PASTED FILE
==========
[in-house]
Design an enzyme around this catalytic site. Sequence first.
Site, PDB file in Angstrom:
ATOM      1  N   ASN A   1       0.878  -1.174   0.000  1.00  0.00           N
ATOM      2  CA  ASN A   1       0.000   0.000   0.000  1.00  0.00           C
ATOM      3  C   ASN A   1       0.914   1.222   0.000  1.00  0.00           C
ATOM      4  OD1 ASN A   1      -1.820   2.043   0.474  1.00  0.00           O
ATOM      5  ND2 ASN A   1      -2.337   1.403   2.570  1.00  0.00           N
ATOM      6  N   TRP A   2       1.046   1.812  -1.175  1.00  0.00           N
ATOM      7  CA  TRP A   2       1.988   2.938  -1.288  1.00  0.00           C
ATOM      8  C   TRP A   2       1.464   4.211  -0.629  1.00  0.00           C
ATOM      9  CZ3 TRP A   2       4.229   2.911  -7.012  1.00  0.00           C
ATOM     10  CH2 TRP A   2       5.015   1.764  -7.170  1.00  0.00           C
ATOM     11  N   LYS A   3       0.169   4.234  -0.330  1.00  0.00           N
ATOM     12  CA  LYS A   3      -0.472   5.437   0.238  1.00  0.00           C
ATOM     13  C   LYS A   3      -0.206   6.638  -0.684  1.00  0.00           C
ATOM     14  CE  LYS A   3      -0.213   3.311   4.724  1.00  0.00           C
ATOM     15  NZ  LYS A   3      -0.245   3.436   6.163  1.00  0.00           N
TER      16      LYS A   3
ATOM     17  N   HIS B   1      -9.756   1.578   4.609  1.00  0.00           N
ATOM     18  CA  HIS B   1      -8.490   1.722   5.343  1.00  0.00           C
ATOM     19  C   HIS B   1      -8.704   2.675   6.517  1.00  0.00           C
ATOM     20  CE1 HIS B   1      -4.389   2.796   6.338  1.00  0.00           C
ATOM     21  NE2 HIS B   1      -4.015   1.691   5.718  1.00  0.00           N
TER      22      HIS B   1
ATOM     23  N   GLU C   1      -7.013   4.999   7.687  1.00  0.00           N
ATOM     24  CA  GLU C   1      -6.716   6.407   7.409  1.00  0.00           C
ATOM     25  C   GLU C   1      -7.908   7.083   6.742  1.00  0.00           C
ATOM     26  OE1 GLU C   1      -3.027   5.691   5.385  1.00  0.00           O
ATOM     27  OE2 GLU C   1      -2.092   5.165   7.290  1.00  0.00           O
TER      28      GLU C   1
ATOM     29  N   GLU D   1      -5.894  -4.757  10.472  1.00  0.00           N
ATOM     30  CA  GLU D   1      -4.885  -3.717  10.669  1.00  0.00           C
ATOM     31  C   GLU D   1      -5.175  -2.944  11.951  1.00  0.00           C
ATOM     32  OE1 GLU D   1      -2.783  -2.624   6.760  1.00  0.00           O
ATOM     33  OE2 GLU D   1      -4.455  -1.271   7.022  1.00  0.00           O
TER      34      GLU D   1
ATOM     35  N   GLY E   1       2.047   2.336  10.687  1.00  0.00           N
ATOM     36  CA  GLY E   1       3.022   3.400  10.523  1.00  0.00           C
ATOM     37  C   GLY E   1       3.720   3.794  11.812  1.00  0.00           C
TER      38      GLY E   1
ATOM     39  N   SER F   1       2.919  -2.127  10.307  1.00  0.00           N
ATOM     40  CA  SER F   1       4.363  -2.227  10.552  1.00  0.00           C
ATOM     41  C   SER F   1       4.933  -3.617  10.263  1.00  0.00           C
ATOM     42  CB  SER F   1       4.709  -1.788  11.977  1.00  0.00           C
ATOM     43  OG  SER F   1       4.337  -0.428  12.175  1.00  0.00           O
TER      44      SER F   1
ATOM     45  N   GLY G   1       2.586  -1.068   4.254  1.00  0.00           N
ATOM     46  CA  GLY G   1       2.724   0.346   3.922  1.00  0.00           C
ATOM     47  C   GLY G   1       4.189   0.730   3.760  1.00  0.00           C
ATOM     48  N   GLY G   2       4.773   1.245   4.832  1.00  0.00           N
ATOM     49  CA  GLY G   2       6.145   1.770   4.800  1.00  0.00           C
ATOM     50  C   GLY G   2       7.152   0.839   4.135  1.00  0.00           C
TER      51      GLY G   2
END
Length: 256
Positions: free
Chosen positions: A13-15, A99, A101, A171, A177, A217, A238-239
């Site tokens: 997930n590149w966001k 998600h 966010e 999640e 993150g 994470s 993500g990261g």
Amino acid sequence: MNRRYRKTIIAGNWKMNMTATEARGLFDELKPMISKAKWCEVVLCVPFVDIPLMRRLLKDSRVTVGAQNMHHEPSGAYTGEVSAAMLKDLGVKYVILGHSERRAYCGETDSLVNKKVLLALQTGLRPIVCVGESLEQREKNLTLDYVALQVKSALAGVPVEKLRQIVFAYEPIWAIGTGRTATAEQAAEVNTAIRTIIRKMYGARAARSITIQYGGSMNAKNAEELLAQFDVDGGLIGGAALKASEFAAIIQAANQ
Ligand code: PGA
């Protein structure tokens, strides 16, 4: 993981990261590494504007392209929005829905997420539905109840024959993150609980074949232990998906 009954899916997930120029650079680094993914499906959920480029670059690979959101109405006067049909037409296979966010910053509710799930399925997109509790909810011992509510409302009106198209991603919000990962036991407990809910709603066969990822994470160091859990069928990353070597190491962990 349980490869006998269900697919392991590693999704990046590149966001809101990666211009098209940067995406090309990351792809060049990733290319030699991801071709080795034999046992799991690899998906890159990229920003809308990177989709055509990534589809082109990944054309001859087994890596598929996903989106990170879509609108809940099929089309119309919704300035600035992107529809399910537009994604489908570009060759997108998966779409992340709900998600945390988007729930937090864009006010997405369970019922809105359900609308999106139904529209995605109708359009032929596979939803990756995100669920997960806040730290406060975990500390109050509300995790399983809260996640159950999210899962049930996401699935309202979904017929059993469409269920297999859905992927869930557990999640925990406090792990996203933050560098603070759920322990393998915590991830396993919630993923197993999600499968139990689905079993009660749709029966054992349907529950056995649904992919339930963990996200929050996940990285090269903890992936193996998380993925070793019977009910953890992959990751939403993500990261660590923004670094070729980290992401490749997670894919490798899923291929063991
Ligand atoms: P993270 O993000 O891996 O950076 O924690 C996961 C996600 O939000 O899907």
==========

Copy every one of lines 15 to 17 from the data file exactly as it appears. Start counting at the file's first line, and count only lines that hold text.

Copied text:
ATOM     12  CA  LYS A   3      -0.472   5.437   0.238  1.00  0.00           C
ATOM     13  C   LYS A   3      -0.206   6.638  -0.684  1.00  0.00           C
ATOM     14  CE  LYS A   3      -0.213   3.311   4.724  1.00  0.00           C